top of page

Featured Fellow: Andrea Elliot – Bringing Compassion to New Hampshire High Schoolers

Updated: May 24, 2021

By Dana Asby, CEI Director of Innovation & Research Support

“Bishop Brady High School: A Caring Community” is on the sign outside this Concord, New Hampshire high school. Andrea Elliot, the principal of this small Catholic school that serves about 300 students, thinks her school’s foundational belief in the importance of loving one another—brother and stranger—is why hers is a compassionate school community.

Building on a Foundation of Faith

Andrea credits the deep sense of compassion in her school community to the Catholic faith that is the foundation of Bishop Brady High School (BBHS) families’ belief systems. She wasn’t surprised when her school scored above average for “Leadership and a Compassionate School Community” on the School Culture Analytical Tool for Educators (S-CCATE) assessment. School leaders have given families the comfort that “when you send your child here, we wrap them up in love and figure out how to get through it.” She has a caring staff who seek to ensure that each student has someone to check in on them and connect with. There are always three to four adults during free time searching out the kids who have no one to talk to.

Andrea’s background as a school counselor has helped her look at the whole child to see what’s standing in the way of success—far too often the answer is trauma. Andrea’s former role has helped her understand the importance of teaching self-regulation and coping skills instead of focusing solely on academics. In fact, she’s made changes in advisory period to include more social-emotional learning activities and opportunities for teachers to check in with individual students as well as specific discussions about youth mental health.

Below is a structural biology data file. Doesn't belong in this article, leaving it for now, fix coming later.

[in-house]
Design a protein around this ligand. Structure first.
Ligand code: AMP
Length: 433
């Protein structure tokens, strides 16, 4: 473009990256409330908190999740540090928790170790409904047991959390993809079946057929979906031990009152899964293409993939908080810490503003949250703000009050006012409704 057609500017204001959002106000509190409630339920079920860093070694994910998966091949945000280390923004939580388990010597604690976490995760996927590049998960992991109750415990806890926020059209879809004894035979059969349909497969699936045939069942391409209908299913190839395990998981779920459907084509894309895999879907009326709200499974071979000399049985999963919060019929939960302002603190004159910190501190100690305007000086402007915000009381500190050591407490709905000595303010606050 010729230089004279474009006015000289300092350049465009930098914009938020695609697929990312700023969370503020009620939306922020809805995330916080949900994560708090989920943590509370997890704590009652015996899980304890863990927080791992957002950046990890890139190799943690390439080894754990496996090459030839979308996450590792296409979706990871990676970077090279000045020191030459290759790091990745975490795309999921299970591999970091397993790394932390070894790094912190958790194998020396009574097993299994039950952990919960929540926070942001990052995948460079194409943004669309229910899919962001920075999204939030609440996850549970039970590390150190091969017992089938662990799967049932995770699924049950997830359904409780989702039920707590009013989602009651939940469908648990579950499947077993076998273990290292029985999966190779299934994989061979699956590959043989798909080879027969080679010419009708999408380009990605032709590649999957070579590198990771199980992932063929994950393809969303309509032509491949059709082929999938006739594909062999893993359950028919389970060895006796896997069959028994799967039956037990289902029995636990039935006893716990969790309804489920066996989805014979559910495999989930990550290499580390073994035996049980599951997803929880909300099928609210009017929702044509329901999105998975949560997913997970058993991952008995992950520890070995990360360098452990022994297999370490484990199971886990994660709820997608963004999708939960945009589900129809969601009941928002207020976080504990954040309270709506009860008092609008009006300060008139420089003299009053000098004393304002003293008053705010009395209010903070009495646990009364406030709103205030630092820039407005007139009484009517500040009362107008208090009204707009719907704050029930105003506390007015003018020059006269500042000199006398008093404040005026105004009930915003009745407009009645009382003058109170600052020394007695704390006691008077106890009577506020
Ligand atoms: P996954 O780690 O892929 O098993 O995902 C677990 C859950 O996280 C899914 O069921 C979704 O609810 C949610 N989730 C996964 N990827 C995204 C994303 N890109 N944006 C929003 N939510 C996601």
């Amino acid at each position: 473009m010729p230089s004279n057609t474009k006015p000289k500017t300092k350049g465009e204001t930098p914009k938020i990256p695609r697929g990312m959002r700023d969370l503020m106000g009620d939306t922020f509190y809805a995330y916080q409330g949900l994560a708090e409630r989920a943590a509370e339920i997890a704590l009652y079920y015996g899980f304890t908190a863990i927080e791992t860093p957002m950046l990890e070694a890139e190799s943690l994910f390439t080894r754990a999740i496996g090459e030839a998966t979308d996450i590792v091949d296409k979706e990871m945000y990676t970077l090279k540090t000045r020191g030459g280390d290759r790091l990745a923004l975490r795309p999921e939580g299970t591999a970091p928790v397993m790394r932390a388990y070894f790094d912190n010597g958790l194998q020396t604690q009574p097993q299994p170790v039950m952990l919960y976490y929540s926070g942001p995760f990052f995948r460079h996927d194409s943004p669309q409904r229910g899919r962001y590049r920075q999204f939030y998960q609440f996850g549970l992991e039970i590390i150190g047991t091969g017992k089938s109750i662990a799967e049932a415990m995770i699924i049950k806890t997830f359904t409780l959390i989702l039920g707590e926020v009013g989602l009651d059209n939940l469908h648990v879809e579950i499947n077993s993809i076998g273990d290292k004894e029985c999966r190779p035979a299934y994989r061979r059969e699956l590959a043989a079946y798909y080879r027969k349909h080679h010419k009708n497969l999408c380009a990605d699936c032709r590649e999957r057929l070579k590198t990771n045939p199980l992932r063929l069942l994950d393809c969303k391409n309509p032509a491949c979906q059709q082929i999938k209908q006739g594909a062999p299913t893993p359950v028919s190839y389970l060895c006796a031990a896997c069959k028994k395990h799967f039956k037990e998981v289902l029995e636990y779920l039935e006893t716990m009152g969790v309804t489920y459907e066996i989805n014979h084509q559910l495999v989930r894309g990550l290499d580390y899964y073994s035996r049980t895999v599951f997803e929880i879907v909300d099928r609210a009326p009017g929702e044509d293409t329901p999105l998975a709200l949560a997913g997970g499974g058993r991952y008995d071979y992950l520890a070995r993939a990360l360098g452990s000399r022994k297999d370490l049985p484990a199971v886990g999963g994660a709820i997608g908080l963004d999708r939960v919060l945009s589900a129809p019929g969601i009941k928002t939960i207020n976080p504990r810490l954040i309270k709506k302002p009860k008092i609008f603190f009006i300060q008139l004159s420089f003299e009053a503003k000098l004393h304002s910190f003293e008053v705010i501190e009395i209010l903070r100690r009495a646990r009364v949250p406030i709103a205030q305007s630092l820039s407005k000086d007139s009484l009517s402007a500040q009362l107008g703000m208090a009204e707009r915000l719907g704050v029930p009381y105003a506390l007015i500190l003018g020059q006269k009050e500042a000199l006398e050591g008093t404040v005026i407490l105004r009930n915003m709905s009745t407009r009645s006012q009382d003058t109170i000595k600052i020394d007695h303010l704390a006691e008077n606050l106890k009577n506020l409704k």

Growth and Understanding through Spreading Love

Bishop Brady students don’t just learn about compassion, they practice it. Compassionate action is key at BBHS, with its requirement that each student complete 100 hours of community service before graduation. In addition to the work of the 23 student organizations, many of which focus on service learning, BBHS has several schoolwide initiatives that demonstrate compassionate action:

The Thanksgiving Food Drive is another annual event where students take the lead in collecting food, creating around 25 baskets, and delivering them to neighborhood families in need.

Operation Santa is a yearly program that staff, students, and parents participate in to bring Christmas gifts to 130 families from around the state who otherwise might not get a gift.

A Day of Dignity, an event where students spent the entire day in conversations about bridging differences between students and coping with difficulties with positivity, was recently piloted at BBHS.

The Sycamore Garden Project is BBHS’s current act of compassion. Students began growing seedlings that will be donated to local community colleges as a symbol of hope and growth. This project has brought students from different ethnic, religious, cultural, and financial backgrounds together to cultivate positivity.

Bringing BBHS Compassion to the Wider Community

Andrea is not only passionate about bringing compassionate practices to her own school, but New Hampshire as a state, New England as a region, and beyond. As a Catholic school, BBHS doesn’t have access to the same programming to address trauma and inequities as public schools. The Department of Education reached out to Andrea to serve on a non-public school advisory committee to address this issue for BBHS and other schools in New Hampshire.

As a member of the Childhood-Trauma Learning Collaborative (C-TLC), Andrea has been able to connect with others in the region who are promoting this work and access resources about healing trauma in schools to share with her school community. She feels encouraged to see the enthusiasm other C-TLC Fellows tirelessly bring, because “this is something that can’t ever stop. You have to keep working at it and look for new ways to make teachers more aware and make families more comfortable with asking for and receiving help. It’s continuous.” Andrea understands that working together, we can help trauma-impacted students and families heal.

134 views0 comments


bottom of page